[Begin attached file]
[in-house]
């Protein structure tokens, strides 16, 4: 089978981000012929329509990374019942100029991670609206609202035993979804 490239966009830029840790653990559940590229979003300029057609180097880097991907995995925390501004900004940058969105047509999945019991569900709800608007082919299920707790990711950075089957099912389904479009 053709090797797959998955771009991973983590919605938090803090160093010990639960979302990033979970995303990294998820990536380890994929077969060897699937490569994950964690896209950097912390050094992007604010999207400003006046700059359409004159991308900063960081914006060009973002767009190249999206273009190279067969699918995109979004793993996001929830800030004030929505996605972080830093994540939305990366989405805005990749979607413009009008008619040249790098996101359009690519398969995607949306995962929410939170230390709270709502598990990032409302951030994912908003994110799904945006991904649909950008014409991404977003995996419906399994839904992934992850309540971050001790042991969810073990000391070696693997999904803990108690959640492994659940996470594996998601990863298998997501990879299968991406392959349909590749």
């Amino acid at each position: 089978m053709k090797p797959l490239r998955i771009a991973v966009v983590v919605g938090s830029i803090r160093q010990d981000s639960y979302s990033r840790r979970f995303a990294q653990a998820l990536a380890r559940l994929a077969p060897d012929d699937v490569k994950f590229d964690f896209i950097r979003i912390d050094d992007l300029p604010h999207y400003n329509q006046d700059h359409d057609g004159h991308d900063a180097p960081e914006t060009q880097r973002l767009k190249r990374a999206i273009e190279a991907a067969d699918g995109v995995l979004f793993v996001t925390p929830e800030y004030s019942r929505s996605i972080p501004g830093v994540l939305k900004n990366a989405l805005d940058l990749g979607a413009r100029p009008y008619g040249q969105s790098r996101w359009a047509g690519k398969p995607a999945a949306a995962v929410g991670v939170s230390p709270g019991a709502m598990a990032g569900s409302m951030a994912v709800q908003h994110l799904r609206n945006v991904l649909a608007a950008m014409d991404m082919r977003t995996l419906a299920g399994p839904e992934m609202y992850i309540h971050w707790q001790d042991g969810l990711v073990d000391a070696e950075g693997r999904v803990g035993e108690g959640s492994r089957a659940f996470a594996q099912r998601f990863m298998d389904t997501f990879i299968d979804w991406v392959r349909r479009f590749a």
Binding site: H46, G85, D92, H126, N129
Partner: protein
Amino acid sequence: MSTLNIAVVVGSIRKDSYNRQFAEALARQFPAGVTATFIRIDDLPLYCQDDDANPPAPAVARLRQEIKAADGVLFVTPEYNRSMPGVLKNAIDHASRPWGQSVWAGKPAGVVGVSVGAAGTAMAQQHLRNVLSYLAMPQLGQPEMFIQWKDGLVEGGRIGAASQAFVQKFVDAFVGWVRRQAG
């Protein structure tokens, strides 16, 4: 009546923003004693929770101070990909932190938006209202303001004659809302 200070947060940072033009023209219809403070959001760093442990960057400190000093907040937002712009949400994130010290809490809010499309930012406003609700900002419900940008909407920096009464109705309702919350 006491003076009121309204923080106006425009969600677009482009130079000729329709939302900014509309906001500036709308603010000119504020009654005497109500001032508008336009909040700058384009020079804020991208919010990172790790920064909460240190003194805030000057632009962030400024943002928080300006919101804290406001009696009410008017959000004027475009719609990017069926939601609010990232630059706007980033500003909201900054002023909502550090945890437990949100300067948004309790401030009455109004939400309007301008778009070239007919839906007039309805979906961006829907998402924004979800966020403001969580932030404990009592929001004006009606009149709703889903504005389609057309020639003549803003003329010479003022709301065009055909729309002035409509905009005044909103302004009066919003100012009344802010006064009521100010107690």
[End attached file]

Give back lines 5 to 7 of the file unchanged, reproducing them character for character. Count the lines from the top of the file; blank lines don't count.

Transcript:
Partner: protein
Amino acid sequence: MSTLNIAVVVGSIRKDSYNRQFAEALARQFPAGVTATFIRIDDLPLYCQDDDANPPAPAVARLRQEIKAADGVLFVTPEYNRSMPGVLKNAIDHASRPWGQSVWAGKPAGVVGVSVGAAGTAMAQQHLRNVLSYLAMPQLGQPEMFIQWKDGLVEGGRIGAASQAFVQKFVDAFVGWVRRQAG
């Protein structure tokens, strides 16, 4: 009546923003004693929770101070990909932190938006209202303001004659809302 200070947060940072033009023209219809403070959001760093442990960057400190000093907040937002712009949400994130010290809490809010499309930012406003609700900002419900940008909407920096009464109705309702919350 006491003076009121309204923080106006425009969600677009482009130079000729329709939302900014509309906001500036709308603010000119504020009654005497109500001032508008336009909040700058384009020079804020991208919010990172790790920064909460240190003194805030000057632009962030400024943002928080300006919101804290406001009696009410008017959000004027475009719609990017069926939601609010990232630059706007980033500003909201900054002023909502550090945890437990949100300067948004309790401030009455109004939400309007301008778009070239007919839906007039309805979906961006829907998402924004979800966020403001969580932030404990009592929001004006009606009149709703889903504005389609057309020639003549803003003329010479003022709301065009055909729309002035409509905009005044909103302004009066919003100012009344802010006064009521100010107690």